Lately I’ve been telling myself that if I could just set aside a big chunk of time – I always arbitrarily think of it as 4 hours – I would be able to focus and get over the hurdle of the chapter I’m trying to write. Even though I know that this is part of my struggle with burnout, especially as I transition back to stationary life after a year of constant travel, I still believe in this myth of focus. I still somehow think that I can’t complete a task because I can’t concentrate on it, I can’t put it foremost in my mind, even when I know that what’s really standing in my way is probably just anxiety.
I’d like to blame this on my kids, but it’s probably not their fault. Yes, having kids takes a lot of time and energy. When I am the only one talking care of them, it is impossible to get any work done. My kids are at an age where I literally can’t let them out of my sight unless they’re sleeping. But when someone else is watching them (and I am very fortunate to have someone watching them full-time), I’m free to go off and do something else. And there’s only so much laundry/mail/returning emails to be done before all that’s left is my actual work. This leads to its own kind of guilt, that when I’m not watching my kids, I have to be working, because otherwise I should be spending time with them or doing something else productive.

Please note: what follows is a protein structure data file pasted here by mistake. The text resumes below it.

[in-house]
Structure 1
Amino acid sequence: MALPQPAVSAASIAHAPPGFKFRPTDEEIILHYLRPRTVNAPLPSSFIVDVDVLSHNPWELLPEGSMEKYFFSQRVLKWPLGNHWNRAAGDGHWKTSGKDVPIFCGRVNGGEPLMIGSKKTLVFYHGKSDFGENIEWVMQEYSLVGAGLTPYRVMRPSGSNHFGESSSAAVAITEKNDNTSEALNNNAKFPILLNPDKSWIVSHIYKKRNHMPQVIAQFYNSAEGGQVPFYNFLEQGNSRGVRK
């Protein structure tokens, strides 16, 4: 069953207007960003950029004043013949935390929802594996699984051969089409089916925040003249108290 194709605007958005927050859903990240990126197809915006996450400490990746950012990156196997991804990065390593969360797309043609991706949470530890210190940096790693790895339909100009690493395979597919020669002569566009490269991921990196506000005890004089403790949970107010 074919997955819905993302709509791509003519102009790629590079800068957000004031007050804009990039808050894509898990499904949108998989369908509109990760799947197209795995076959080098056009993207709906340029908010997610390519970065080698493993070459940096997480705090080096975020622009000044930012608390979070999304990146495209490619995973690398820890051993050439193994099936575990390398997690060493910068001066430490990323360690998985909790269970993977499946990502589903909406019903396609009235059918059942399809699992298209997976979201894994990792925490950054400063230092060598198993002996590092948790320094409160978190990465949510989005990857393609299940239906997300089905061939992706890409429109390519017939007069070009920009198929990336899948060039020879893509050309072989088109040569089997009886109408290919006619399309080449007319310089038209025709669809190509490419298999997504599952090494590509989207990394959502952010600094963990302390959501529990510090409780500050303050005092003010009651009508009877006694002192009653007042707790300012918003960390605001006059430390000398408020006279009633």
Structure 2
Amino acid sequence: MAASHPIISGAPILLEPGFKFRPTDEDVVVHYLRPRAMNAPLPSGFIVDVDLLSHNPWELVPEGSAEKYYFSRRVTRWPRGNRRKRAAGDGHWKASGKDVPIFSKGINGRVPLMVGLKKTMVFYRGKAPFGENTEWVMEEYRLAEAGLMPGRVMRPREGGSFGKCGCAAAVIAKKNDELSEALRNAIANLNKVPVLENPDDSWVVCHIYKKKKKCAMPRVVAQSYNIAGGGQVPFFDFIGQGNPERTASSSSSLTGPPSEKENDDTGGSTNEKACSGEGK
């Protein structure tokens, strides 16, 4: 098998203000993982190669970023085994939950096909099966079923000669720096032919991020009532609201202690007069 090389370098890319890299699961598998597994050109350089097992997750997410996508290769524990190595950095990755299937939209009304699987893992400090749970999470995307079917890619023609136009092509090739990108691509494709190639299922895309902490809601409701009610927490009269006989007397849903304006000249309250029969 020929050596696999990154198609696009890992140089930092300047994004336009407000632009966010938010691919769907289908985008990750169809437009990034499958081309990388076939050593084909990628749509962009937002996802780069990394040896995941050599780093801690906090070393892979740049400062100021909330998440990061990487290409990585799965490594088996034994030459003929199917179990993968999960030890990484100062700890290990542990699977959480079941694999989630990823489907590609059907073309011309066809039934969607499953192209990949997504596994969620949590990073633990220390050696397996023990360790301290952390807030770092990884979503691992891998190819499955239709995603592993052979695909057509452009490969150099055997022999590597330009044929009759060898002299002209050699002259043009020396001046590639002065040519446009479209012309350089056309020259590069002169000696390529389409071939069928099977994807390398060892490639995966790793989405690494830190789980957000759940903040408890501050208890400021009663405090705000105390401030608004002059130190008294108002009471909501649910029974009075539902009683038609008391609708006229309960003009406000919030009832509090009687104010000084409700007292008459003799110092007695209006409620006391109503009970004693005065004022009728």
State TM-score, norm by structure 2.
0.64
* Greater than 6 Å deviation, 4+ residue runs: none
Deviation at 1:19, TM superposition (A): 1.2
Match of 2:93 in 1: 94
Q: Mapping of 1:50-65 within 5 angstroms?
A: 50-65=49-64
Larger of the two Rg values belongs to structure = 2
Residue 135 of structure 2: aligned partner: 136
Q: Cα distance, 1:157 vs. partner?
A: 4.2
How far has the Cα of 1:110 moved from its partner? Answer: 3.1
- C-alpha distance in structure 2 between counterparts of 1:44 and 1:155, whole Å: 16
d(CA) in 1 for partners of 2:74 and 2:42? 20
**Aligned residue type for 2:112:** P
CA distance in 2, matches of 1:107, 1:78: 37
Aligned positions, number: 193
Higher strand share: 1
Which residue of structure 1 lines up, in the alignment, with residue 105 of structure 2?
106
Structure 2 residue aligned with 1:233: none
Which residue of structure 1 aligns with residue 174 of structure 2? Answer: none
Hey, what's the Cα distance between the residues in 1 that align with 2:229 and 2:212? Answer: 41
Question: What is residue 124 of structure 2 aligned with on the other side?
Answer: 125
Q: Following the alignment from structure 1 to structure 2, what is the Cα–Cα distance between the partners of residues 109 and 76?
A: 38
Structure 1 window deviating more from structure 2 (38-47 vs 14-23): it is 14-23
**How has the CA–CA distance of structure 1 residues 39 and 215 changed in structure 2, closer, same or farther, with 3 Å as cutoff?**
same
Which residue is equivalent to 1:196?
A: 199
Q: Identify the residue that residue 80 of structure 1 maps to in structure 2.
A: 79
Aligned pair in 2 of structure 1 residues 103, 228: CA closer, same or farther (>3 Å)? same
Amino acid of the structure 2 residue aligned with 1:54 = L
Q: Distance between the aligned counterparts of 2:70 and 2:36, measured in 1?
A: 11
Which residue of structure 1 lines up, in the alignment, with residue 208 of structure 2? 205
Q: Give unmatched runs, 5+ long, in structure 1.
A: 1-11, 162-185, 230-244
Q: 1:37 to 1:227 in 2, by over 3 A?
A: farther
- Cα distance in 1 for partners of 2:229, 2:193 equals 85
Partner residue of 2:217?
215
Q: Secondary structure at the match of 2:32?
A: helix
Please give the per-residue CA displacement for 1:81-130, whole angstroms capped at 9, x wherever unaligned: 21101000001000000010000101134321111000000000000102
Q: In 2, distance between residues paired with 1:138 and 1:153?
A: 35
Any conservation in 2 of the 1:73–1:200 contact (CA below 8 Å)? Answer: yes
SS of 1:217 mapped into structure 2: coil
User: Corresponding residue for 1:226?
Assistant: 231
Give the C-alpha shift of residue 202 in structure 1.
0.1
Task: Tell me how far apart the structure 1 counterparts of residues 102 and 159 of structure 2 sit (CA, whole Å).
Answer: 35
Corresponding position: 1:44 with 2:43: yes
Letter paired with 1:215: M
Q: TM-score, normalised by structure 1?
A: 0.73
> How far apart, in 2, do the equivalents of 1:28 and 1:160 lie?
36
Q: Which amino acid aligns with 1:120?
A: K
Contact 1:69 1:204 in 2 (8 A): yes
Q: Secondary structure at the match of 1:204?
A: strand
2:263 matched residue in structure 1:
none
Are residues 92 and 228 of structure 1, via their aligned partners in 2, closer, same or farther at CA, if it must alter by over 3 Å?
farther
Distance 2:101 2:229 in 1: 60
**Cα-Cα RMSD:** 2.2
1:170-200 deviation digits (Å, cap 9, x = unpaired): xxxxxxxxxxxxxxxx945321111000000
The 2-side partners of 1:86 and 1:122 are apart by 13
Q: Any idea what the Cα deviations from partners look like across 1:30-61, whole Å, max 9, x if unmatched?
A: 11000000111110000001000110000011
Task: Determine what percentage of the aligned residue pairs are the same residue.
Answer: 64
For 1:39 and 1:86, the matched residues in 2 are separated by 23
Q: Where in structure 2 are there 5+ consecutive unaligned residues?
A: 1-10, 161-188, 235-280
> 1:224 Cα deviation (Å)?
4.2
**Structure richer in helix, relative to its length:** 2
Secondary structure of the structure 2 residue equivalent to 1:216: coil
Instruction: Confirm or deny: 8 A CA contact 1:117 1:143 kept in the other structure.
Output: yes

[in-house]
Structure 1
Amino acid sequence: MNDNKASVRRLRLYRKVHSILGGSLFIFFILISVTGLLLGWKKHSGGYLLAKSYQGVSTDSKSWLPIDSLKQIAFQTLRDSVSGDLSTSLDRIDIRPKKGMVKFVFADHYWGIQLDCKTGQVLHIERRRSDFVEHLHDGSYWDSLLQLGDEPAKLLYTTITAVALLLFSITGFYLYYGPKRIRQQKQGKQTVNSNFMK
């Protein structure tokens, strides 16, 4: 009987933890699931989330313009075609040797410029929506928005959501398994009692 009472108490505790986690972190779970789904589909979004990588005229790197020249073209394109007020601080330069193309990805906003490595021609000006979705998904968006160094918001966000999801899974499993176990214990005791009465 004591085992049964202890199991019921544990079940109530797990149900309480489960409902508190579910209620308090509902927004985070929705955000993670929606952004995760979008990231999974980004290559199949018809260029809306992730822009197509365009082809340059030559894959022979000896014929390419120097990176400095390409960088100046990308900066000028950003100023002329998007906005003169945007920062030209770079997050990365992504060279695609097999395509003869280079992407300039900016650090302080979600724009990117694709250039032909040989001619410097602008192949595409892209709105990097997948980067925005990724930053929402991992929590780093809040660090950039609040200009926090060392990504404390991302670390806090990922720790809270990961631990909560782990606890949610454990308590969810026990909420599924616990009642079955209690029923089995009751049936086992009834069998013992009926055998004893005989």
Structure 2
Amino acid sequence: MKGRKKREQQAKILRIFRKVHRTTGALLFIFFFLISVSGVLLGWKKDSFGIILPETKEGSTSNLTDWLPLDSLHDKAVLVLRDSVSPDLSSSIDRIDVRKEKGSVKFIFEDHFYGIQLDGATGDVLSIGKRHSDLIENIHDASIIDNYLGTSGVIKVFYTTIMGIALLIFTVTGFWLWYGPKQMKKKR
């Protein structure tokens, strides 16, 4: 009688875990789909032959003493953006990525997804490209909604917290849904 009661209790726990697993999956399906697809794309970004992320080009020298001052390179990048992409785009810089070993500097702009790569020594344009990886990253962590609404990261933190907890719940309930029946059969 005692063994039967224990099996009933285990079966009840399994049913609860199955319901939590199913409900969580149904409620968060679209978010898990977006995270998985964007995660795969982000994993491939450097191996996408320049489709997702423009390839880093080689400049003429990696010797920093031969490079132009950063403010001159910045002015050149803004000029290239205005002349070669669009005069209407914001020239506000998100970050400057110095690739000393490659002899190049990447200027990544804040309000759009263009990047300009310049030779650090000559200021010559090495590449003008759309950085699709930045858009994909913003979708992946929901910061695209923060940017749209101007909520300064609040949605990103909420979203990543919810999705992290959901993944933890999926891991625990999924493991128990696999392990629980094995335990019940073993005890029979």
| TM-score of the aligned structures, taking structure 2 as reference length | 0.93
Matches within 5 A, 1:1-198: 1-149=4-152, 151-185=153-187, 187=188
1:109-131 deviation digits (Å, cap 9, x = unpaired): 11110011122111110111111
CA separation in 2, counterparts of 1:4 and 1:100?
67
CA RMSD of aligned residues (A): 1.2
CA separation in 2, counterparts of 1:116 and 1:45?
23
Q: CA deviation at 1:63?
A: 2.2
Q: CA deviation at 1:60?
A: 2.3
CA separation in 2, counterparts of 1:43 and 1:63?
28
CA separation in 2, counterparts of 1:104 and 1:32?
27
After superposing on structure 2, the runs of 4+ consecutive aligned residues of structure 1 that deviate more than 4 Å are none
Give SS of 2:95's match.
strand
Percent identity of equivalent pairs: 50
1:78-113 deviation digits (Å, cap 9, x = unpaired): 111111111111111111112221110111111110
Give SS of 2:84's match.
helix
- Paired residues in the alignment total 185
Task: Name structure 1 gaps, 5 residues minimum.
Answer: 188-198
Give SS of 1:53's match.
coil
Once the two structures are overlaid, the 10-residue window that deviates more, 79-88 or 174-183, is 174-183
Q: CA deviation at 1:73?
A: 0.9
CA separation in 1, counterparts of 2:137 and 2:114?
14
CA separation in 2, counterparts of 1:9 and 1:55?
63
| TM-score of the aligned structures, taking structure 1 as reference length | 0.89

I also want to blame my trouble focusing on my lack of established workspace. Because I no longer live near Columbia, I don’t have a dedicated office or library. If I hadn’t left, I would have my own library carrel – not the little study desk cubicle where undergrads go to die inside slowly and silently, carving their names into the wood in a vain attempt to be heard – but a private office with a door on a separate floor of the library that’s only available to grad students. I would also enjoy the incredible library privileges of the combined collections of Columbia, Princeton, and the New York Public Library (third-largest collection in the country), plus Interlibrary Loan and Borrow Direct granting me access to the collections of every other research library in the country, all of it no more than a day removed, available for pickup on campus, to be taken back to the comfort of my home or carrel for up to 3 months before renewal. Instead, I have a month-long library pass to Berkeley’s stacks, which I can only renew twice, with no borrowing privileges. Or I could trek over to Stanford, where I can get normal borrowing privileges, but it’s a 45-minute drive one way without traffic, and let’s be honest, this is California, there’s always traffic. But all told, the resources are there. And when I get home, I have a beautiful little office space, carved out just for me, tucked away in a separate room with a window to the street and a couch and tea nearby. The reality is that if I really wanted to, I could to work at Starbucks every day. What I’ve got is a great setup, and it would be dishonest to complain about it.